Abstract
This thesis is concerned with the issue of rockburst damage in hard rock, mechanised underground mines. Specifically, given that a rockburst occurs, it quantifies the significance of the factors affecting the severity of damage, or how the variation in each contributing factor influences the likelihood of exceeding a certain damage severity.
A literature review was undertaken and it was shown that there was generally more than one factor controlling the stability of an excavation under dynamic loading. It was also shown that some factors are more significant than others at controlling the severity of damage. The lack of quantification on the weighting of factors controlling the stability of excavations was also seen in the Rockburst Damage Potential (RDP) method (Heal 2010). The Australian Centre for Geomechanics rockburst database was used to assess the weighting of factors controlling rockburst damage severity.
Factor analysis was first applied to explore the structure of the database, or how all variables associated with each damage case correlated with each other so that data reduction could be carried out. Stress factor, ground support, excavation span, geology factor, wall/back and Peak Particle Velocity (PPV) were determined to be potential factors controlling excavation stability. Rock Damage Scale (RDS) was selected as the most appropriate parameter to quantify damage severity.
Rock damage scale was regrouped into three categories based on its perceived operational implications: acceptable (R2), tolerable (R3) and intolerable (R4 and R5). Logistic regression was then used to model the probability of exceeding R2 and R3 severity damage. It was determined that ground support, geology factor and PPV are significant factors when predicting the probability of exceeding R2 severity damage. Stress factor and excavation span are additional significant factors predicting the probability of exceeding R3 severity damage.
The area under the receiver operating characteristic (ROC) curve was used in this study as a quantitative measure to assess the performance of the new regression models in comparison to the original RDP model. The inclusion of factor weighting for the new model resulted in a 6.3 and 8.3% improvement for predicting a pair of positive and negative cases for exceeding R2 and R3 severity damage respectively over the original RDP models.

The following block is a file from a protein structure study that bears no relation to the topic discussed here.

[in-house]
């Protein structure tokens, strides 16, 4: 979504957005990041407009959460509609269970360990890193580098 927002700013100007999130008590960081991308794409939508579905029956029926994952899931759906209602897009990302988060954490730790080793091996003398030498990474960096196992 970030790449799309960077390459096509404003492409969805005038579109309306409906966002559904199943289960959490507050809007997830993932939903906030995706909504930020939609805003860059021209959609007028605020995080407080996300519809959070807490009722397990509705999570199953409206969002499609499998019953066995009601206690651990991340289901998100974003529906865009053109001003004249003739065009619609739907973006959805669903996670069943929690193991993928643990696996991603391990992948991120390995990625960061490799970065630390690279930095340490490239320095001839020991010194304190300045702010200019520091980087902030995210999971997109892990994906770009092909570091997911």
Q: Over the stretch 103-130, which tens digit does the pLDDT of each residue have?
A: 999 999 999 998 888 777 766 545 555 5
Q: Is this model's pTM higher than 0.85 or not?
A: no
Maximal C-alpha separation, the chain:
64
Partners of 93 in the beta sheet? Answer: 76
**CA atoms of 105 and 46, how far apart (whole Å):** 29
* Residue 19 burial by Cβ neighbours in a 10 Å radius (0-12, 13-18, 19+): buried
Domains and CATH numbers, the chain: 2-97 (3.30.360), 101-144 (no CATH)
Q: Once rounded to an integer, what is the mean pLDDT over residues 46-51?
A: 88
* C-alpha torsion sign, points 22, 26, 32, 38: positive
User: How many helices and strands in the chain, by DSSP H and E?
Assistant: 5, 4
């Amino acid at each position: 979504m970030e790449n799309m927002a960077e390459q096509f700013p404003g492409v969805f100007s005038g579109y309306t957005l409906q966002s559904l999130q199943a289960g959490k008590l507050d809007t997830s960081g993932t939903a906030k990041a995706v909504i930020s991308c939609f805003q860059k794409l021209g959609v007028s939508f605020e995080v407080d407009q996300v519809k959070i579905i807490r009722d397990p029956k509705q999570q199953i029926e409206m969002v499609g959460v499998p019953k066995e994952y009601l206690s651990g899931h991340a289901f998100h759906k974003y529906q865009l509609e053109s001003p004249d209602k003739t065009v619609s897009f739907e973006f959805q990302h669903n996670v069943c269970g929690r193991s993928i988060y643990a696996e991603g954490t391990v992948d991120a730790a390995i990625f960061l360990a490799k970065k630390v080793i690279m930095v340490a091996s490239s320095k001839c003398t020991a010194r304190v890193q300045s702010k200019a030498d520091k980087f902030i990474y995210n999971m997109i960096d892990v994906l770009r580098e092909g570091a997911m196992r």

Following the goodness of fit test, the adjusted RDP method was applied to a series of rockburst case studies to assess its performance in a range of mining conditions and to assess how generalisable this method is at predicting rockburst damage. The performance of the adjusted RDP method during the case study was deemed to be adequate, although several issues were encountered and discussed.
A literature review was undertaken and it was shown that there was generally more than one factor controlling the stability of an excavation under dynamic loading. It was also shown that some factors are more significant than others at controlling the severity of damage. The lack of quantification on the weighting of factors controlling the stability of excavations was also seen in the Rockburst Damage Potential (RDP) method (Heal 2010). The Australian Centre for Geomechanics rockburst database was used to assess the weighting of factors controlling rockburst damage severity.
Factor analysis was first applied to explore the structure of the database, or how all variables associated with each damage case correlated with each other so that data reduction could be carried out. Stress factor, ground support, excavation span, geology factor, wall/back and Peak Particle Velocity (PPV) were determined to be potential factors controlling excavation stability. Rock Damage Scale (RDS) was selected as the most appropriate parameter to quantify damage severity.
Rock damage scale was regrouped into three categories based on its perceived operational implications: acceptable (R2), tolerable (R3) and intolerable (R4 and R5). Logistic regression was then used to model the probability of exceeding R2 and R3 severity damage. It was determined that ground support, geology factor and PPV are significant factors when predicting the probability of exceeding R2 severity damage. Stress factor and excavation span are additional significant factors predicting the probability of exceeding R3 severity damage.
The area under the receiver operating characteristic (ROC) curve was used in this study as a quantitative measure to assess the performance of the new regression models in comparison to the original RDP model. The inclusion of factor weighting for the new model resulted in a 6.3 and 8.3% improvement for predicting a pair of positive and negative cases for exceeding R2 and R3 severity damage respectively over the original RDP models.
Following the goodness of fit test, the adjusted RDP method was applied to a series of rockburst case studies to assess its performance in a range of mining conditions and to assess how generalisable this method is at predicting rockburst damage. The performance of the adjusted RDP method during the case study was deemed to be adequate, although several issues were encountered and discussed.
Original language  English 

Qualification  Masters 
Awarding Institution 

Award date  27 Jun 2016 
Publication status  Unpublished  2016